Unapproved Repairs. It happens. A tenant, for whatever reason, gives you no notice that the air conditioning unit (or other large, expensive appliance) isn’t working properly. They take it upon themselves to place a service call to the repairman of their choice and wind up having the unit serviced or… even worse… replaced. Then they hand you a $2,000+ repair bill and expect for you to fork over the cash.
Your initial reaction may be You did WHAT?!? But how should you legally react? Granted, your responsibility as a landlord is to handle repairs in a timely fashion. But, the renter failed to notify you and just chose any-old contractor. Plus, most likely, you have a list of established contractors who provide you with quality work at a reasonable rate. So you may be wondering just how much additional money this repair will cost you… as well as the best way to handle the situation.
If you believe the tenant acted unreasonably or in opposition of your contract terms, you need to investigate whether the repairs were valid and how much the service would’ve cost had you used your preferred contractor. You also should factor in the possibility the renter hired a friend or family member at higher-than-market rates. There are lots of different factors to consider before you reach an acceptable remedy for the situation.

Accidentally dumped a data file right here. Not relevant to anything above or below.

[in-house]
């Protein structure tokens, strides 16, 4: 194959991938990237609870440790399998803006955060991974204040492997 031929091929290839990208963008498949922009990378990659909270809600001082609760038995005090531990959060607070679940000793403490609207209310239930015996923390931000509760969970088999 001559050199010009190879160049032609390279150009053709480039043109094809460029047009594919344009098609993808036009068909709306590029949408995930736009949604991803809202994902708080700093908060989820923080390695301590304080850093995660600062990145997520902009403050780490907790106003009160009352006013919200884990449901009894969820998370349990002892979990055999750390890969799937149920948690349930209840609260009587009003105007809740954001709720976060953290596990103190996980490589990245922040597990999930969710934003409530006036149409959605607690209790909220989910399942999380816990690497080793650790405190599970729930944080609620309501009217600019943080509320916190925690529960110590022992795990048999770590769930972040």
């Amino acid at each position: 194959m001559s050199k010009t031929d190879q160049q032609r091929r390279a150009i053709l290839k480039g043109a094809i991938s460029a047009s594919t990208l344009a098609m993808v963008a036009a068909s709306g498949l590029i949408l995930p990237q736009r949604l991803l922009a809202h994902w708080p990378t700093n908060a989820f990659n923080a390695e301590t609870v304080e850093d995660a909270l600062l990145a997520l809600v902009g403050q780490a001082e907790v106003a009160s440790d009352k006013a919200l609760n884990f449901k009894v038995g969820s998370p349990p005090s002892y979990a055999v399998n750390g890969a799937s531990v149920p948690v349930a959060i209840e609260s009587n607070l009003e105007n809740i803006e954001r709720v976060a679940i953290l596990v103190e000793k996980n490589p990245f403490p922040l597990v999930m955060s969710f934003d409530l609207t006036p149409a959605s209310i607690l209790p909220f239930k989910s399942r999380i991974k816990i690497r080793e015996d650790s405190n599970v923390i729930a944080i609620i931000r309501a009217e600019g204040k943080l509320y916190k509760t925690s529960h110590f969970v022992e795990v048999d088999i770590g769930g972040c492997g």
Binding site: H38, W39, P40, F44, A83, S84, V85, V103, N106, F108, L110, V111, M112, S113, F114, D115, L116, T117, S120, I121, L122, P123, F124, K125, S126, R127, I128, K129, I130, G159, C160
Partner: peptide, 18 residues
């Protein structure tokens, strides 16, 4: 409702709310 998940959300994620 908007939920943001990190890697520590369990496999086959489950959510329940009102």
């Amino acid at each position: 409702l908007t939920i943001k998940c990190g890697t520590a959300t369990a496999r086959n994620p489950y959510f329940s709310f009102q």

If the renter paid for the repair out of their own pocket, and you refuse to pay them back since they acted out-of-accordance with their lease, you probably can count on them deducting the amount from of their rent. If this isn’t an acceptable option, you might need to serve them with a legal notice.
However, if you believe that, even though the tenant didn’t follow protocol, the repairs were reasonable and necessary, then it will be in your best interest to offer to reimburse the tenant, or to write out a short agreement allowing them to take it as a credit on their upcoming rent. Summarize the terms for the repayment, while also reiterating the proper chain of command when dealing with a service request, and have them sign the letter.
If not handled correctly, this type of situation could permanently damage or sever your relationship with a tenant. There’s a lot to consider and you should weigh all elements thoroughly before making a decision.